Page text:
Believe it or not, dark backgrounds in UI web design are beneficial in many different ways. Depending on the overall theme of the web page, it may or may not be a good fit for the job. Instead of debating whether or not you should use a dark background in UI, let’s talk about why they’re always a beneficial choice.
In recent years, dark colors have taken not just the web design world by storm, but design as a whole. People are reverting to darker colors now more than ever. There are many reasons for this, but it’s mainly for the wild contrast.
Let’s say you want an image to stand out. Typically speaking, most images are lighter in color. There’s no better way to make sure someone sees it than to drop it on a dark background. It’s definitely a simple technique, but it’s also one of the most effective.
You do have to be careful, though. If your text isn’t light enough, or if it’s too thin, it will be unreadable. But, if you’re using normal sized fonts, you should be okay.
Dark backgrounds save
What do I mean by that? Well, dark backgrounds are proven to save electricity and be less harsh on your eyes. Think about all the “night-mode” options we have for our devices nowadays. All that they really do is change the backgrounds from a light color, to black. Dark backgrounds produce less light, and therefor save energy and our eyes.
In addition to being less harsh for your eyes, a lot of medical conditions can be triggered by bright flashes of color. It’s highly unlikely, but it’s something to definitely consider.
Although dark backgrounds are the go-to for web designers, there are some cases when they aren’t necessarily ideal. Here are a few examples and reasons the dark side may not be a good choice:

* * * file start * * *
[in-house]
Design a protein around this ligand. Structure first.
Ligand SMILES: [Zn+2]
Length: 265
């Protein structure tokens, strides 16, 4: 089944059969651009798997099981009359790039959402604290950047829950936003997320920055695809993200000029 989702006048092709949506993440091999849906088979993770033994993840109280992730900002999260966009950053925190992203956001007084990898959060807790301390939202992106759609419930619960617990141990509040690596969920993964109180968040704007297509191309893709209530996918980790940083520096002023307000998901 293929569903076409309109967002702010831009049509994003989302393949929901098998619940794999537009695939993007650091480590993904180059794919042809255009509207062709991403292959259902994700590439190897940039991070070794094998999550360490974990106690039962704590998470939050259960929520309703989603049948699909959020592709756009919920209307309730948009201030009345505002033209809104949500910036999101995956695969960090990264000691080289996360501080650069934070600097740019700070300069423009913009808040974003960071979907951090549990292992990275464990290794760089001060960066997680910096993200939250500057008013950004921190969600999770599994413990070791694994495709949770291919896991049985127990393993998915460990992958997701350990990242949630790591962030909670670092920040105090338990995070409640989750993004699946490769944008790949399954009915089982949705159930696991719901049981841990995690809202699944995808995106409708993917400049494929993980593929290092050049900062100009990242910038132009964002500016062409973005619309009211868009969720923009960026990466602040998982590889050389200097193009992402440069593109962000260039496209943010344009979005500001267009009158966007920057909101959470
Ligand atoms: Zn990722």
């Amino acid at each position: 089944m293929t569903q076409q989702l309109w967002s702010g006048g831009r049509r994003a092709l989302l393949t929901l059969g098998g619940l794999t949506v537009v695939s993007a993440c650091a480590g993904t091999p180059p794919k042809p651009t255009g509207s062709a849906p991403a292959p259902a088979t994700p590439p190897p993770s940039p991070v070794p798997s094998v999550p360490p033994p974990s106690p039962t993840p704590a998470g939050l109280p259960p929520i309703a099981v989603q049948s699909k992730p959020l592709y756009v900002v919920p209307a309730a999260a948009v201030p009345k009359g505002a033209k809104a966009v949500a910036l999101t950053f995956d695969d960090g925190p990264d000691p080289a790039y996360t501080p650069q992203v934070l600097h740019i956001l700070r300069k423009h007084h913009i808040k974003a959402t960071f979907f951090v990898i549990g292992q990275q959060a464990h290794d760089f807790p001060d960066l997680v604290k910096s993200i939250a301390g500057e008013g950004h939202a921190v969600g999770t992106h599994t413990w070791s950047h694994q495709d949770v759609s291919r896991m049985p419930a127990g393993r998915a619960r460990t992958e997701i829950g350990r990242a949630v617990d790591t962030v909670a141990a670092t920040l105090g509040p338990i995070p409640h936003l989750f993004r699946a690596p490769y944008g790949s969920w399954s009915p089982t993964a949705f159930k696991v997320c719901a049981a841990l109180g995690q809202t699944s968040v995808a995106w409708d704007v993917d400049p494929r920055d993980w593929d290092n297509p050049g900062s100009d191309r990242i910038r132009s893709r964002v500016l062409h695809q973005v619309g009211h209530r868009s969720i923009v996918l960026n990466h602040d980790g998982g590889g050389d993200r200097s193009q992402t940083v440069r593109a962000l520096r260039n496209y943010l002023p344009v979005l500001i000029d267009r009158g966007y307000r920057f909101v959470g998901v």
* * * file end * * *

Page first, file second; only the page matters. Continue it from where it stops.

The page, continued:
- If the screen the background is being displayed on isn’t backlit, the text will be impossible to read.
- If there’s too much ambient light, the light colored fonts will be washed out, and all you’ll see is the dark background.
- Like I stated before, if the fonts are too thin, they will be overtaken by the darkness, and you won’t be able to see them.
- In some cases, small screen scratches are more visible with darker backgrounds.
As you can see, the advantages of a dark background in UI greatly outweigh the disadvantages. You can technically consider this use of dark backgrounds a trend, but I definitely don’t see it ever going away.
What do you think? Are dark backgrounds in UI here to stay, or will something else take their place? If you like information like this, and want to keep up with the latest web design trends, be sure to stay tuned to Webdesignledger!